Third Step: Compassion for Yourself
Reflections on the Twelve Steps to a Compassionate Life
Part Two of Step Three, by Sara Neall
In a distant zone in my being, I hear whispered the words, love yourself just as you are here and now.” – Sister Henrita Frost
Self-compassion is often the hardest compassion to practice. It can be fraught with self-judgement. As we strive to be more …. more kind, more loving, more giving we can begin to feel like we are not enough.
In Step Three: Compassion for Yourself (p.75) Karen Armstrong writes the story of Albert Friedlander. As a young Jewish boy in Nazi Germany, Albert was bewildered and distressed by the vicious anti-Semitic propaganda. This eight years old boy had the wisdom to know he was not what the propaganda described. He lay awake one night and made a list of all his good qualities. He felt his own inherent gifts of heart and mind.
Lately, I have been practicing, ‘catch yourself being good*.’ It is a practice of noticing. I try to notice when my mind turns towards love, generosity and kindness. Over the past few months, I have noticed that when confronted with external suffering, for example, someone begging at the intersection, the news of a friend’s tragic loss, the frightening unfolding of COVID19, my first thought is always, “how can I help? what can I give?” Fear and doubt come second. It is my secondary thoughts, “that’s not enough, that’s inappropriate, that is too little, too late” that often stop me from acting. These thoughts feel rooted in a fear that I am not enough.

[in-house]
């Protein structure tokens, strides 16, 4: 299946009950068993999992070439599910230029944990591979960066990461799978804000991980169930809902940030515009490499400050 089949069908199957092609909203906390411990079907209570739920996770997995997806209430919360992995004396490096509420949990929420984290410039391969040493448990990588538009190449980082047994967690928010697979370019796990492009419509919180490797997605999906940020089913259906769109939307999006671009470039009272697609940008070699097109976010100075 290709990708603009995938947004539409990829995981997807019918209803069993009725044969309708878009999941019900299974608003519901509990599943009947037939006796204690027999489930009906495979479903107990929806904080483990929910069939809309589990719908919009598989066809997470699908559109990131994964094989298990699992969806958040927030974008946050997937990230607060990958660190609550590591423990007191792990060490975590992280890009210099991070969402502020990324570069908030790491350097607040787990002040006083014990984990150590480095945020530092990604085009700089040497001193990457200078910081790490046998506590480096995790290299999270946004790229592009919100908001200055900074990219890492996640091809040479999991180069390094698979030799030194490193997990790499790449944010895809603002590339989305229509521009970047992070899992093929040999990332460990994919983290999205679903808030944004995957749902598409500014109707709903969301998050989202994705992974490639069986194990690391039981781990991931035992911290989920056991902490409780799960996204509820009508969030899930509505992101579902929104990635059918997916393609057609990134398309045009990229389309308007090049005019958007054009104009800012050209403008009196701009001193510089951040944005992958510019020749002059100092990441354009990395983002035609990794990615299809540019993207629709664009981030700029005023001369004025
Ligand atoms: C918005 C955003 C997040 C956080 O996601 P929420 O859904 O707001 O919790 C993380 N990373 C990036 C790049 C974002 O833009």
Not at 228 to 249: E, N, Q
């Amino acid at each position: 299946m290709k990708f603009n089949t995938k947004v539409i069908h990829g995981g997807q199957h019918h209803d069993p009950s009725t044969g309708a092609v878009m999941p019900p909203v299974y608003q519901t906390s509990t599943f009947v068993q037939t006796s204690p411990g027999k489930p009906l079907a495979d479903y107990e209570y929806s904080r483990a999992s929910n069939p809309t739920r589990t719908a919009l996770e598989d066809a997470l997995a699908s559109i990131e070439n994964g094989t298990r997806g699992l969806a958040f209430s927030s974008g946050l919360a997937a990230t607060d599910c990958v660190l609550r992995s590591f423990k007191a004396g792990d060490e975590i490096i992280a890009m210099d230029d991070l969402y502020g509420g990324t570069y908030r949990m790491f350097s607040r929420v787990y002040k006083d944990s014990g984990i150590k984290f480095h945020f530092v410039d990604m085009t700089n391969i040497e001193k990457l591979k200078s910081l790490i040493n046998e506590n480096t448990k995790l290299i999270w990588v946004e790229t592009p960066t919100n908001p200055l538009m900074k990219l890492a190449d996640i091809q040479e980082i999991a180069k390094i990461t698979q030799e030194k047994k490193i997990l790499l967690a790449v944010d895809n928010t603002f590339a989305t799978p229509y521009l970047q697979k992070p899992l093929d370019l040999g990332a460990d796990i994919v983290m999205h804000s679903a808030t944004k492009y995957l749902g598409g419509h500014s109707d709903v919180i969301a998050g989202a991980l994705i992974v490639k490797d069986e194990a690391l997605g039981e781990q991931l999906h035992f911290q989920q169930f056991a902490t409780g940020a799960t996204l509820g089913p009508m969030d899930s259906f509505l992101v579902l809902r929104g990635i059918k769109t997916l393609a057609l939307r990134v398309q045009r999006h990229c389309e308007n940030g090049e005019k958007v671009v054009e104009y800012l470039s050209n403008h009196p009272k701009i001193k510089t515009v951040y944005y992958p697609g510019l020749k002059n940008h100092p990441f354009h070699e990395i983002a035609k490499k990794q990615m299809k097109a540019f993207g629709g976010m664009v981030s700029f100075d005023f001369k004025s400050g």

For me, this means that my own self-compassion is a practice of trust. I can trust myself. I trust that, if I make time for stillness and if I live more fully in the present moment, I can lean back into my own goodness. I can trust that in difficult times, like the ones we are facing, I will always act in the direction of goodness. This has a taste of equanimity. (But of course I need continued practice to be sure ….)
Our own goodness, perhaps our Buddha-nature often seems to go against the common scientific and social narrative of our ‘primitive’ brain. We hear so often that we are tribal creatures driven to react out of fear.
So, it was such a delight to listen to Nicholas Christakis’ March 5 episode of On Being:
Nicholas offers us a refreshing perspective on ‘social goodness.’ He offers the idea that love is just as primitive as fear. And that love is in fact more powerful.
* Catch yourself being good, is my understanding of a practice from Susan Mickel.